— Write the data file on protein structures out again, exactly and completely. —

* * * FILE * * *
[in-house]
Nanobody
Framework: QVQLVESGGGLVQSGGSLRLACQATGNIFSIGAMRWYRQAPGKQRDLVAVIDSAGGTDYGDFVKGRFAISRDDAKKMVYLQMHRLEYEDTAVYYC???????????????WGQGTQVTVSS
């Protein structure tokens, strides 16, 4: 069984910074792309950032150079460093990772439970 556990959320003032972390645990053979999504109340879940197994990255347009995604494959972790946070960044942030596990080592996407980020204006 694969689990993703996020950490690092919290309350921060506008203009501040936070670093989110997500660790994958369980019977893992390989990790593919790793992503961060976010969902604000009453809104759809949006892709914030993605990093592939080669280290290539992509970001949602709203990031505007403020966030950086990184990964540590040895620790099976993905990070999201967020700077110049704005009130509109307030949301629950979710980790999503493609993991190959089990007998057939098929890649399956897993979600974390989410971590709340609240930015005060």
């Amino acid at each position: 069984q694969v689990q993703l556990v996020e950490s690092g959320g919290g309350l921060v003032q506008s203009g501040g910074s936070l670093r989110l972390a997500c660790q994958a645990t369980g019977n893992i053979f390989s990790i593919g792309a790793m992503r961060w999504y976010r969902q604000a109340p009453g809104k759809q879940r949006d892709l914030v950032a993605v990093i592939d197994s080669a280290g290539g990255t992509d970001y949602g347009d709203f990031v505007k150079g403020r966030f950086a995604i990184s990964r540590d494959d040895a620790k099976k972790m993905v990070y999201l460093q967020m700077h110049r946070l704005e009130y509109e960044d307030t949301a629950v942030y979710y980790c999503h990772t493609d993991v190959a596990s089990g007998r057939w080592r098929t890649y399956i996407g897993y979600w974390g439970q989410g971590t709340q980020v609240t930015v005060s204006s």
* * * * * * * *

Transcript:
[in-house]
Nanobody
Framework: QVQLVESGGGLVQSGGSLRLACQATGNIFSIGAMRWYRQAPGKQRDLVAVIDSAGGTDYGDFVKGRFAISRDDAKKMVYLQMHRLEYEDTAVYYC???????????????WGQGTQVTVSS
């Protein structure tokens, strides 16, 4: 069984910074792309950032150079460093990772439970 556990959320003032972390645990053979999504109340879940197994990255347009995604494959972790946070960044942030596990080592996407980020204006 694969689990993703996020950490690092919290309350921060506008203009501040936070670093989110997500660790994958369980019977893992390989990790593919790793992503961060976010969902604000009453809104759809949006892709914030993605990093592939080669280290290539992509970001949602709203990031505007403020966030950086990184990964540590040895620790099976993905990070999201967020700077110049704005009130509109307030949301629950979710980790999503493609993991190959089990007998057939098929890649399956897993979600974390989410971590709340609240930015005060």
């Amino acid at each position: 069984q694969v689990q993703l556990v996020e950490s690092g959320g919290g309350l921060v003032q506008s203009g501040g910074s936070l670093r989110l972390a997500c660790q994958a645990t369980g019977n893992i053979f390989s990790i593919g792309a790793m992503r961060w999504y976010r969902q604000a109340p009453g809104k759809q879940r949006d892709l914030v950032a993605v990093i592939d197994s080669a280290g290539g990255t992509d970001y949602g347009d709203f990031v505007k150079g403020r966030f950086a995604i990184s990964r540590d494959d040895a620790k099976k972790m993905v990070y999201l460093q967020m700077h110049r946070l704005e009130y509109e960044d307030t949301a629950v942030y979710y980790c999503h990772t493609d993991v190959a596990s089990g007998r057939w080592r098929t890649y399956i996407g897993y979600w974390g439970q989410g971590t709340q980020v609240t930015v005060s204006s």